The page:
Modern art is discussed, admired, renowned, and sometimes reviled for many different reasons, but there’s one defining quality that usually stands out as a point of fascination or contention: It doesn’t look like anything “real.”
And it’s true—a lot of modern art from the 20th century doesn’t bear a wholly physical resemblance to its subjects. But according to sculptor
, the concept of “being real” is about a lot more than looking like nature. This idea was central to his work and is what made him so controversial in his time, and so pivotal to the evolution of sculpture.
Brancusi was born in 1876 in rural Romania. His father was a peasant, and Brancusi grew up distinctly outside of the traditional Western European narrative in which many of his peers were entrenched. Throughout his entire life, he embraced an outsider’s position—from the sandals he wore to the way he styled his hair and the folk music he listened to. Similarly, his artwork didn’t follow the style of his Western predecessors. It broke with the academic tradition, and helped shape the principles of radically reductive and non-representational modernism that are both celebrated and scorned today.
Constantin Brancusi, Mlle Pogany, version I, 1913. © 2018 Artists Rights Society (ARS), New York / ADAGP, Paris. Courtesy of The Museum of Modern Art, New York.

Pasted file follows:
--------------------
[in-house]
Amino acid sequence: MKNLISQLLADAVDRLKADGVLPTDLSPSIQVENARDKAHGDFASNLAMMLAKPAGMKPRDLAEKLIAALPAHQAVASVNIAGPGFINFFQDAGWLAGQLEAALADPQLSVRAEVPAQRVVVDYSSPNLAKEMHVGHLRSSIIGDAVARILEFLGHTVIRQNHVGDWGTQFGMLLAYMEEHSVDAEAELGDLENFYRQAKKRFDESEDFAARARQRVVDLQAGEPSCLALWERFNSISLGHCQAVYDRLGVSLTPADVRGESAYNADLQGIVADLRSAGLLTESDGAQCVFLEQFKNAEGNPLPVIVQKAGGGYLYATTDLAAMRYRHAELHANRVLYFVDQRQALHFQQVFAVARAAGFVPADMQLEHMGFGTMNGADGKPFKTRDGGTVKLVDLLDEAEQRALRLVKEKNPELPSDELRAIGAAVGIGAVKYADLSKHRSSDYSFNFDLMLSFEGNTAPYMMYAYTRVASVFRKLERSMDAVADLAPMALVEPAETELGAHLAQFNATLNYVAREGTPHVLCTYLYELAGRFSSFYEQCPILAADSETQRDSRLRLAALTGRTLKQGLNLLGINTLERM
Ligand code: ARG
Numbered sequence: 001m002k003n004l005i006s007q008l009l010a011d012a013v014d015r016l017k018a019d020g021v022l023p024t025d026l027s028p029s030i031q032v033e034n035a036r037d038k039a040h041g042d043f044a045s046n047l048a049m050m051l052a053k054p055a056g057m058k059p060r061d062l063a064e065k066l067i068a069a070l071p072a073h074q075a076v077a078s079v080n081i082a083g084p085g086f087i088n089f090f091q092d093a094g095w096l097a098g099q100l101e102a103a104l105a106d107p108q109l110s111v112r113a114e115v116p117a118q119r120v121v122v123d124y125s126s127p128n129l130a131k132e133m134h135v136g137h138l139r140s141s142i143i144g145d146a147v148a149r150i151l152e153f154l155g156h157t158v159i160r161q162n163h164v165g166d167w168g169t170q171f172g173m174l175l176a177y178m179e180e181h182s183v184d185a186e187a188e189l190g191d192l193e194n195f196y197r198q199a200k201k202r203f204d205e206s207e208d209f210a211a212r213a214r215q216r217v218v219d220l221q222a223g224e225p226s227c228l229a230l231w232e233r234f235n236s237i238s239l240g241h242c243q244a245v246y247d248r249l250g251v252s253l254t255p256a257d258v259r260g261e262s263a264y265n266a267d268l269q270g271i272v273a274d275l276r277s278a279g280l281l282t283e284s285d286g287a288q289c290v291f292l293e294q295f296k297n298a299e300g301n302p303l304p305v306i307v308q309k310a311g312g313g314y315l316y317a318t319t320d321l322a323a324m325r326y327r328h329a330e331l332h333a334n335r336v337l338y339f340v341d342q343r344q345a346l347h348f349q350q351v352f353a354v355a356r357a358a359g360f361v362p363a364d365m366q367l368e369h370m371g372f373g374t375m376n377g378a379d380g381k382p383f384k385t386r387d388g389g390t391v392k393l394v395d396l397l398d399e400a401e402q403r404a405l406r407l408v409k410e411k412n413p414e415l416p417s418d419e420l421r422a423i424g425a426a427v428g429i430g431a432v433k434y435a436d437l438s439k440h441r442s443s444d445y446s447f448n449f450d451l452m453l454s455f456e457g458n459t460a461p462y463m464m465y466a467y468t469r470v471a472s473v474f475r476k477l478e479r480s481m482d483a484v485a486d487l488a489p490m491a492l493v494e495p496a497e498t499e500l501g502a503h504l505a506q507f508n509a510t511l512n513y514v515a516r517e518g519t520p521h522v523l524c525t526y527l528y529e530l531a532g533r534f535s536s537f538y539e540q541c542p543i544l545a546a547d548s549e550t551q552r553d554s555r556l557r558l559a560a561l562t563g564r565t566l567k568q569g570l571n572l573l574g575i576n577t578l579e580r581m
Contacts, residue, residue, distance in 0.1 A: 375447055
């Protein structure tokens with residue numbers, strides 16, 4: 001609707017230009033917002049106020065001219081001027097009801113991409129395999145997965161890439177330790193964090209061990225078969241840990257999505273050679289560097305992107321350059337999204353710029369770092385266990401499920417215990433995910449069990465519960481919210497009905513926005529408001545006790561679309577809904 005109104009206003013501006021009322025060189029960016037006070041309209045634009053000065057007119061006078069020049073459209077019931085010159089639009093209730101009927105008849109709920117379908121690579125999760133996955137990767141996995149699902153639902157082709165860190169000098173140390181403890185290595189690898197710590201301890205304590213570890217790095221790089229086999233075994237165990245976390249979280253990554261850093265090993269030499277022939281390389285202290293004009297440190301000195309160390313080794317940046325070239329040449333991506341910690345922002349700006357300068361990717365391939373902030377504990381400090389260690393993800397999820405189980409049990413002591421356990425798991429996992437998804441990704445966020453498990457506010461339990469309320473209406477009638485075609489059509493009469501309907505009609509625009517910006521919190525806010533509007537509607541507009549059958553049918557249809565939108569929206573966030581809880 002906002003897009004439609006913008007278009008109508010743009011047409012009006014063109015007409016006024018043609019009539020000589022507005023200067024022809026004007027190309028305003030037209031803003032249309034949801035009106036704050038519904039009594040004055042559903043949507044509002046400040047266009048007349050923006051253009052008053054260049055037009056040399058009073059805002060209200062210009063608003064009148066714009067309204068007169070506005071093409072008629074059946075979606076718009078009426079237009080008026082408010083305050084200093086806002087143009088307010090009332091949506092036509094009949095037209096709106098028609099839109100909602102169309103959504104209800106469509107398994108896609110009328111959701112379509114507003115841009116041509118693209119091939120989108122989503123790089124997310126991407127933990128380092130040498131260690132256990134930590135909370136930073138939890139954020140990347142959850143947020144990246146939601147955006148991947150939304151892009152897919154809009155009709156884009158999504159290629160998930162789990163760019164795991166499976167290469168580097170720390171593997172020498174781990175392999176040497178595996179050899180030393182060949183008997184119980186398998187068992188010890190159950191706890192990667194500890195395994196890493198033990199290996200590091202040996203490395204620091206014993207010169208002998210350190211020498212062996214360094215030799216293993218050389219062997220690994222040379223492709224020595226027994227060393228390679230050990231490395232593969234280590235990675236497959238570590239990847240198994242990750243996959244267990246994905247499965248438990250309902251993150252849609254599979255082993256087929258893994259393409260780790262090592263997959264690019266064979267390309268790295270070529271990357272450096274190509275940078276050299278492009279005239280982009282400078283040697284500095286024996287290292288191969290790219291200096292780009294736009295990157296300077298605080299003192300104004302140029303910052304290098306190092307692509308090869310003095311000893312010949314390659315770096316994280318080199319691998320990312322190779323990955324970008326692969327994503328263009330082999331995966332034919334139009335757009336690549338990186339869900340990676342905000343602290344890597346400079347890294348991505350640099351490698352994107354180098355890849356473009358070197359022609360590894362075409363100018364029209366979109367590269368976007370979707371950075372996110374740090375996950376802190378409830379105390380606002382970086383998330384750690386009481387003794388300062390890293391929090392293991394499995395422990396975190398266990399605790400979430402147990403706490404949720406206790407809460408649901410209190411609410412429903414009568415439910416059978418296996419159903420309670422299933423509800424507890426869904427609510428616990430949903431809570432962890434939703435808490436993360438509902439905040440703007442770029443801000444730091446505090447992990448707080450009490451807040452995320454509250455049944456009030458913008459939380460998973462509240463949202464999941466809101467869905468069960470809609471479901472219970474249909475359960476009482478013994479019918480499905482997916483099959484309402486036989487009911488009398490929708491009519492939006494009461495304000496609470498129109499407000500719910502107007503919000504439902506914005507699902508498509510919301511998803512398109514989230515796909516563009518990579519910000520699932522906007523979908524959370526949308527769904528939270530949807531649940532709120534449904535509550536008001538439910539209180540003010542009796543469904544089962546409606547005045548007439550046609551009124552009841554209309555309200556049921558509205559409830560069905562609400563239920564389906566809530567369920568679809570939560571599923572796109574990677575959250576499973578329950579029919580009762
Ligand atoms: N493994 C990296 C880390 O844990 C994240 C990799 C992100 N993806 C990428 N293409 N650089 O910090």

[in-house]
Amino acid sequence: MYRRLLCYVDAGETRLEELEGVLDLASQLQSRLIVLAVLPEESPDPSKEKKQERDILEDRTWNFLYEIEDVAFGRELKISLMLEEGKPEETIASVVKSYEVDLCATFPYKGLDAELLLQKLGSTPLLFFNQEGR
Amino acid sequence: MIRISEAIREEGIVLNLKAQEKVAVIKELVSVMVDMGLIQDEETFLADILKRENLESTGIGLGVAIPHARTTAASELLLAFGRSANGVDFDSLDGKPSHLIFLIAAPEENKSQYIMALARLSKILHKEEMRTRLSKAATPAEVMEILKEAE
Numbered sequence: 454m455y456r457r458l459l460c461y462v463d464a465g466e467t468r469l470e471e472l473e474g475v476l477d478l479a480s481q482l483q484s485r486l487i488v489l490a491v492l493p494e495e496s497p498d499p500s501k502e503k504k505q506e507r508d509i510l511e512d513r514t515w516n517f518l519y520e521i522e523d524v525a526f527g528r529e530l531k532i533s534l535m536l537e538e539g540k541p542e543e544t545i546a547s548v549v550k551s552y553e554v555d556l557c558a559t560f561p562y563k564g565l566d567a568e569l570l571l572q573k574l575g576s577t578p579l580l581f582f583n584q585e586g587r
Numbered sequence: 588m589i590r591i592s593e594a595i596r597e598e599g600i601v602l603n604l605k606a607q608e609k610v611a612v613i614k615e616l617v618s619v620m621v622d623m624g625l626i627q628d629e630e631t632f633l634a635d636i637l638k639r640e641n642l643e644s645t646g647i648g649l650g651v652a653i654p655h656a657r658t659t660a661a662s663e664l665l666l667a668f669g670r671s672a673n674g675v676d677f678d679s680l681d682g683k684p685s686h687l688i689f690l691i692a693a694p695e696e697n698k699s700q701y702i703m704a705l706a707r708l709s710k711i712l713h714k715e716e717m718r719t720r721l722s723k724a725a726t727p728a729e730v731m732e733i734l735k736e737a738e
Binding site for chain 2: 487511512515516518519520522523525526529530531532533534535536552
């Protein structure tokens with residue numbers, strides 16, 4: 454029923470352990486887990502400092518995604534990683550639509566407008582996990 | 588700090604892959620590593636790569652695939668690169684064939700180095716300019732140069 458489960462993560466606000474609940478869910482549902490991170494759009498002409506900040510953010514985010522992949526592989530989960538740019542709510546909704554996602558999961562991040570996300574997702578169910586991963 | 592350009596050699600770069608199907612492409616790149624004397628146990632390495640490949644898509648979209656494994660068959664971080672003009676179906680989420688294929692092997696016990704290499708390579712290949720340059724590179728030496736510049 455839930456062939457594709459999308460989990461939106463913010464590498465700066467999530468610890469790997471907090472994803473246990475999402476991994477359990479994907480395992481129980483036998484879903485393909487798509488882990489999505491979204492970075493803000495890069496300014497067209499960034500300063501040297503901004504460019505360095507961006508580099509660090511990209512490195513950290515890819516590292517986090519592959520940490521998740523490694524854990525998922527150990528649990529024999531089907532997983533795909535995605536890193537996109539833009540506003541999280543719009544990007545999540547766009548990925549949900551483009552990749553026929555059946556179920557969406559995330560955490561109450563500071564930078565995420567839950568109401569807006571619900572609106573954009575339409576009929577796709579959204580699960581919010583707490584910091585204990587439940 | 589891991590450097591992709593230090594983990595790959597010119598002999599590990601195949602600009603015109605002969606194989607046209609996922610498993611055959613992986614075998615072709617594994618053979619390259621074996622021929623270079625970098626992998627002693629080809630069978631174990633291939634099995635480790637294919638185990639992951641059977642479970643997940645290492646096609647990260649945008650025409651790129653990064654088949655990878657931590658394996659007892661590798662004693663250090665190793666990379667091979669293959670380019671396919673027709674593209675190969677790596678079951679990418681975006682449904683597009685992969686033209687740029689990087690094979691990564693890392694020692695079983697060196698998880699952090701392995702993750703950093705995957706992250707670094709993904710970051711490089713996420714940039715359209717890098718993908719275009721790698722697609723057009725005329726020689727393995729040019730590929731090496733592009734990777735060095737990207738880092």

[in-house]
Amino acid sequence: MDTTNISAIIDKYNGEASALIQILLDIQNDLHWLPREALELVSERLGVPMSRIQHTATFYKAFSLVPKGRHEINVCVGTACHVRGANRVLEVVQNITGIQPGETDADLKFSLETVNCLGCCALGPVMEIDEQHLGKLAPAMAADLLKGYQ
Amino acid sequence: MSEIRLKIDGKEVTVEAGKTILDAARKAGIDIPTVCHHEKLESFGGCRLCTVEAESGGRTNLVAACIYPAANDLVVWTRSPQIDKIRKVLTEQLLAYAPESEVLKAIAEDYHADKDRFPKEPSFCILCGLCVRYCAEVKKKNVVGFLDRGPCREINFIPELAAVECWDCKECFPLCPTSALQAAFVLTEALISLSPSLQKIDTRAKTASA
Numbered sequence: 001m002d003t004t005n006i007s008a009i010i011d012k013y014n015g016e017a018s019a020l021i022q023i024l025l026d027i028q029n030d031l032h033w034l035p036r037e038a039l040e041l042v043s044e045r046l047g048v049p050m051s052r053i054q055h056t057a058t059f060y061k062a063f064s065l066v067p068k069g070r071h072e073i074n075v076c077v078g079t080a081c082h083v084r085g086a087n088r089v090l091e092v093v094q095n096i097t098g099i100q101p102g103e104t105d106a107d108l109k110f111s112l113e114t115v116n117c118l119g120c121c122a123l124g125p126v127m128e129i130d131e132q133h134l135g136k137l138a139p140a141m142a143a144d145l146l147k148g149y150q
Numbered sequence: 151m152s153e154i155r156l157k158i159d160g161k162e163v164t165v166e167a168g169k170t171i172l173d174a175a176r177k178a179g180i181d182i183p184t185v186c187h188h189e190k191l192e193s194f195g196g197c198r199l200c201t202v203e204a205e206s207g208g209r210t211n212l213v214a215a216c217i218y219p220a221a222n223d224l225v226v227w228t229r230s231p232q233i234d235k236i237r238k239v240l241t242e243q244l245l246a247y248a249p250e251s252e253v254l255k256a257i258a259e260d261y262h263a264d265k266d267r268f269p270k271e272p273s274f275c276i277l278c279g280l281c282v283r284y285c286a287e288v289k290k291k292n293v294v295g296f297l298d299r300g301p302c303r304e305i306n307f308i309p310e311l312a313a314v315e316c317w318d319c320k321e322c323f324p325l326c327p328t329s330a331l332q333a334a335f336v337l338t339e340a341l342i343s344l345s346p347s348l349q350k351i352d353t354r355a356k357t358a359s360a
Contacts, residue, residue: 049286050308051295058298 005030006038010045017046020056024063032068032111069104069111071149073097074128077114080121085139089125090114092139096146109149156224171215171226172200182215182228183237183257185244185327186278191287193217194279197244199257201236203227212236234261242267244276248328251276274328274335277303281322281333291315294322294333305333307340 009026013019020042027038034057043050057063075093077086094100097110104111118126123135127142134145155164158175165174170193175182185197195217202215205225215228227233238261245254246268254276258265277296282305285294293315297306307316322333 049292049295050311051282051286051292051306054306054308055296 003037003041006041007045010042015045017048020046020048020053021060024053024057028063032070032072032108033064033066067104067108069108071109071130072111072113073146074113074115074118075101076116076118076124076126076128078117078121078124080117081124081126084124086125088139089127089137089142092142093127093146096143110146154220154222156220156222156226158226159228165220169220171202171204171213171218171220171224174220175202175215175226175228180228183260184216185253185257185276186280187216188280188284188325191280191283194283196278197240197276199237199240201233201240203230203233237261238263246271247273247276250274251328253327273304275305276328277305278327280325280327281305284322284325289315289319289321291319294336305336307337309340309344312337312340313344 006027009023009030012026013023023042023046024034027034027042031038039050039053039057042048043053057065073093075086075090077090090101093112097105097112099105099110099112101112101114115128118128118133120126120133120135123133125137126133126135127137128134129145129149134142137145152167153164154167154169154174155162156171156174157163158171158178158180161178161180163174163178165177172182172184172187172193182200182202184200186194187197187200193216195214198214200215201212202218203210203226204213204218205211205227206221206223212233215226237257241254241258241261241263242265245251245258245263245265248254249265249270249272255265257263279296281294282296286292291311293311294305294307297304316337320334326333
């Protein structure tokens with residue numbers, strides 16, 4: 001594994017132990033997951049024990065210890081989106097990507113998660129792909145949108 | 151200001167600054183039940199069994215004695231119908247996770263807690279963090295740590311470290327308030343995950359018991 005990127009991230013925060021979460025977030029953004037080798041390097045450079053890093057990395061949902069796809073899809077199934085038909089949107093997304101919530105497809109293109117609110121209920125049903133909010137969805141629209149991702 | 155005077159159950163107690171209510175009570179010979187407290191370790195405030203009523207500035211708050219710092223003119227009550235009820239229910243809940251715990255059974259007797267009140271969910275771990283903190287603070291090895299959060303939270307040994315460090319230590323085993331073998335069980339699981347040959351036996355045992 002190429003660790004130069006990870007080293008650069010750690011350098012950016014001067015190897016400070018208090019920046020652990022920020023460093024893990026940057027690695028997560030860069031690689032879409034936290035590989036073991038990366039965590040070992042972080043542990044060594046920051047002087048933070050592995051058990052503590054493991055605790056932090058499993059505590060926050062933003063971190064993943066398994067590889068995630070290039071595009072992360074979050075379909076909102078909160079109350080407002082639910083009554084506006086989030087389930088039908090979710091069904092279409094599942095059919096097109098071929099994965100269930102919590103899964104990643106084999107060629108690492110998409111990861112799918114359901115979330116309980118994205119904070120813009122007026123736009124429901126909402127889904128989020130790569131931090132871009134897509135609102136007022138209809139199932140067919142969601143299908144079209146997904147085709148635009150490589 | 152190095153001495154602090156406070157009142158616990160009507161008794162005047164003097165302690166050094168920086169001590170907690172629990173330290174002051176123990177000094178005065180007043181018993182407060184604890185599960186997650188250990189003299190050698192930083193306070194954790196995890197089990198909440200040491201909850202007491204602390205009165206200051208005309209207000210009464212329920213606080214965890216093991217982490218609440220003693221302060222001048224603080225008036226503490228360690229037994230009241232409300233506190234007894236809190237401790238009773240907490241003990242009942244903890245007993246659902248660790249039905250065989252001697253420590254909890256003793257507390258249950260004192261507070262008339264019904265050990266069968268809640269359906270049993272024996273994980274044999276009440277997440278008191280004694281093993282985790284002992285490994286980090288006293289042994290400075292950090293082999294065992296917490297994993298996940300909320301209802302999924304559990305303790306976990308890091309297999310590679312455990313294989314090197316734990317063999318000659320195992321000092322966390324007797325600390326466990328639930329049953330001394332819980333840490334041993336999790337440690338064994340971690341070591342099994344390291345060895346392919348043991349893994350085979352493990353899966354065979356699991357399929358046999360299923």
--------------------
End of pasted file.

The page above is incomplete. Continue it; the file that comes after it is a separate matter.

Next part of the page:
In Brancusi’s time, conventional art critique prioritized a physical likeness to life. Brancusi bucked convention by creating unexpected shapes that almost comically defied the forms that their titles suggested. Works like Bird in Space (1923) and Princess X (1916) hardly look like any bird or princess that you’ve ever seen. But, according to Brancusi, that was exactly the point, and what made his sculptures more honest. “What is real is not the external form,” he said, “but the essence of things.”
For people who measured skill by how well one could render muscle rippling in marble, this was surprising, and even slightly ridiculous. But ultimately, Brancusi challenged the art world to reconsider what sculpture really was and what it did. And this changed the way future generations would make and view art.
Today, Brancusi is one of the 20th century’s most famous sculptors, firmly established in the canon. This past May, Christie’s sold La Jeune Fille Sophistiquée (Portrait de Nancy Cunard) (1928/1932) for a record-breaking $71 million. His work resides at the Centre Pompidou, the Tate Modern, and the Metropolitan Museum of Art. A series of 11 important sculptures by the artist are also the centerpiece of a new exhibition, on view at the Museum of Modern Art from July 22nd through February 18th.